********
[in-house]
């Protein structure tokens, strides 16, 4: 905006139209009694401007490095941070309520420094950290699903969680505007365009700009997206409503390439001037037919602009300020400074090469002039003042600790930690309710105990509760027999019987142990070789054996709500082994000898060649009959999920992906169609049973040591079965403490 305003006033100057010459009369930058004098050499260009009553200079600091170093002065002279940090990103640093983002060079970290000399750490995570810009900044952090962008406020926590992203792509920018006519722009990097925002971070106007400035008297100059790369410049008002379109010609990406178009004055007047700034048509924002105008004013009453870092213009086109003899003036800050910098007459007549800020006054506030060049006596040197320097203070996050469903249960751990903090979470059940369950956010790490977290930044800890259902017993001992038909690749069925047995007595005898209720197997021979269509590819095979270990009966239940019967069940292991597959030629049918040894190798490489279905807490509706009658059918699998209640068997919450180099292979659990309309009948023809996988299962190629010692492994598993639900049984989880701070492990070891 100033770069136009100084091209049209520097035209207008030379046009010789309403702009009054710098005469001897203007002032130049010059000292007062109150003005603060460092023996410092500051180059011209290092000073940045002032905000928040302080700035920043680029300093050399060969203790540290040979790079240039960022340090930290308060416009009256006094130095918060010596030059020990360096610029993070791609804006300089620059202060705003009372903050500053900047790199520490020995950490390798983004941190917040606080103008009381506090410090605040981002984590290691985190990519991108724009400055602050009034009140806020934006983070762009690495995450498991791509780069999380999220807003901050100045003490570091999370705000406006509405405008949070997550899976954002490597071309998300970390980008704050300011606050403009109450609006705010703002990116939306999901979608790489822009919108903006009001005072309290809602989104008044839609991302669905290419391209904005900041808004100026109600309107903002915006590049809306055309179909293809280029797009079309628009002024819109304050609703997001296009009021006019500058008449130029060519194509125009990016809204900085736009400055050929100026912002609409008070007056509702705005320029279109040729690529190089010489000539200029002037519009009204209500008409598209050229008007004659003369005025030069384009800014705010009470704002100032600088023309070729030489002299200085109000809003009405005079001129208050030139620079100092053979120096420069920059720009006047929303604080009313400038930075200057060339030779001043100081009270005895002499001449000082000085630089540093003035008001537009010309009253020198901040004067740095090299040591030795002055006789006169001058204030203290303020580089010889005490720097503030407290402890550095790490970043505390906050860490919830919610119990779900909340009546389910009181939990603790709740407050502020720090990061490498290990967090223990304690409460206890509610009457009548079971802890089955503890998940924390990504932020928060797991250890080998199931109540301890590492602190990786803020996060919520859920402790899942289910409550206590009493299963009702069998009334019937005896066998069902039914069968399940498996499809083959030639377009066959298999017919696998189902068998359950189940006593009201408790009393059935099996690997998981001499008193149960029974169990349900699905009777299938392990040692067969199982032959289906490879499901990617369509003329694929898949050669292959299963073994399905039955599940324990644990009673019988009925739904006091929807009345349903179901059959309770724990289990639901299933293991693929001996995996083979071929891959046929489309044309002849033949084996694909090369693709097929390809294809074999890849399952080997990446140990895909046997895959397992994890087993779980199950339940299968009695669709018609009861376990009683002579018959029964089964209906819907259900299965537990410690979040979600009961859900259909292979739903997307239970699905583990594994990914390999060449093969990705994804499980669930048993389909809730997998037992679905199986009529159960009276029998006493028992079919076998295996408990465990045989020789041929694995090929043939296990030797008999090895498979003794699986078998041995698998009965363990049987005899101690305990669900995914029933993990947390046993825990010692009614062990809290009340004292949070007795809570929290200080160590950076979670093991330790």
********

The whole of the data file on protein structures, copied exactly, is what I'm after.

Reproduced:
[in-house]
């Protein structure tokens, strides 16, 4: 905006139209009694401007490095941070309520420094950290699903969680505007365009700009997206409503390439001037037919602009300020400074090469002039003042600790930690309710105990509760027999019987142990070789054996709500082994000898060649009959999920992906169609049973040591079965403490 305003006033100057010459009369930058004098050499260009009553200079600091170093002065002279940090990103640093983002060079970290000399750490995570810009900044952090962008406020926590992203792509920018006519722009990097925002971070106007400035008297100059790369410049008002379109010609990406178009004055007047700034048509924002105008004013009453870092213009086109003899003036800050910098007459007549800020006054506030060049006596040197320097203070996050469903249960751990903090979470059940369950956010790490977290930044800890259902017993001992038909690749069925047995007595005898209720197997021979269509590819095979270990009966239940019967069940292991597959030629049918040894190798490489279905807490509706009658059918699998209640068997919450180099292979659990309309009948023809996988299962190629010692492994598993639900049984989880701070492990070891 100033770069136009100084091209049209520097035209207008030379046009010789309403702009009054710098005469001897203007002032130049010059000292007062109150003005603060460092023996410092500051180059011209290092000073940045002032905000928040302080700035920043680029300093050399060969203790540290040979790079240039960022340090930290308060416009009256006094130095918060010596030059020990360096610029993070791609804006300089620059202060705003009372903050500053900047790199520490020995950490390798983004941190917040606080103008009381506090410090605040981002984590290691985190990519991108724009400055602050009034009140806020934006983070762009690495995450498991791509780069999380999220807003901050100045003490570091999370705000406006509405405008949070997550899976954002490597071309998300970390980008704050300011606050403009109450609006705010703002990116939306999901979608790489822009919108903006009001005072309290809602989104008044839609991302669905290419391209904005900041808004100026109600309107903002915006590049809306055309179909293809280029797009079309628009002024819109304050609703997001296009009021006019500058008449130029060519194509125009990016809204900085736009400055050929100026912002609409008070007056509702705005320029279109040729690529190089010489000539200029002037519009009204209500008409598209050229008007004659003369005025030069384009800014705010009470704002100032600088023309070729030489002299200085109000809003009405005079001129208050030139620079100092053979120096420069920059720009006047929303604080009313400038930075200057060339030779001043100081009270005895002499001449000082000085630089540093003035008001537009010309009253020198901040004067740095090299040591030795002055006789006169001058204030203290303020580089010889005490720097503030407290402890550095790490970043505390906050860490919830919610119990779900909340009546389910009181939990603790709740407050502020720090990061490498290990967090223990304690409460206890509610009457009548079971802890089955503890998940924390990504932020928060797991250890080998199931109540301890590492602190990786803020996060919520859920402790899942289910409550206590009493299963009702069998009334019937005896066998069902039914069968399940498996499809083959030639377009066959298999017919696998189902068998359950189940006593009201408790009393059935099996690997998981001499008193149960029974169990349900699905009777299938392990040692067969199982032959289906490879499901990617369509003329694929898949050669292959299963073994399905039955599940324990644990009673019988009925739904006091929807009345349903179901059959309770724990289990639901299933293991693929001996995996083979071929891959046929489309044309002849033949084996694909090369693709097929390809294809074999890849399952080997990446140990895909046997895959397992994890087993779980199950339940299968009695669709018609009861376990009683002579018959029964089964209906819907259900299965537990410690979040979600009961859900259909292979739903997307239970699905583990594994990914390999060449093969990705994804499980669930048993389909809730997998037992679905199986009529159960009276029998006493028992079919076998295996408990465990045989020789041929694995090929043939296990030797008999090895498979003794699986078998041995698998009965363990049987005899101690305990669900995914029933993990947390046993825990010692009614062990809290009340004292949070007795809570929290200080160590950076979670093991330790």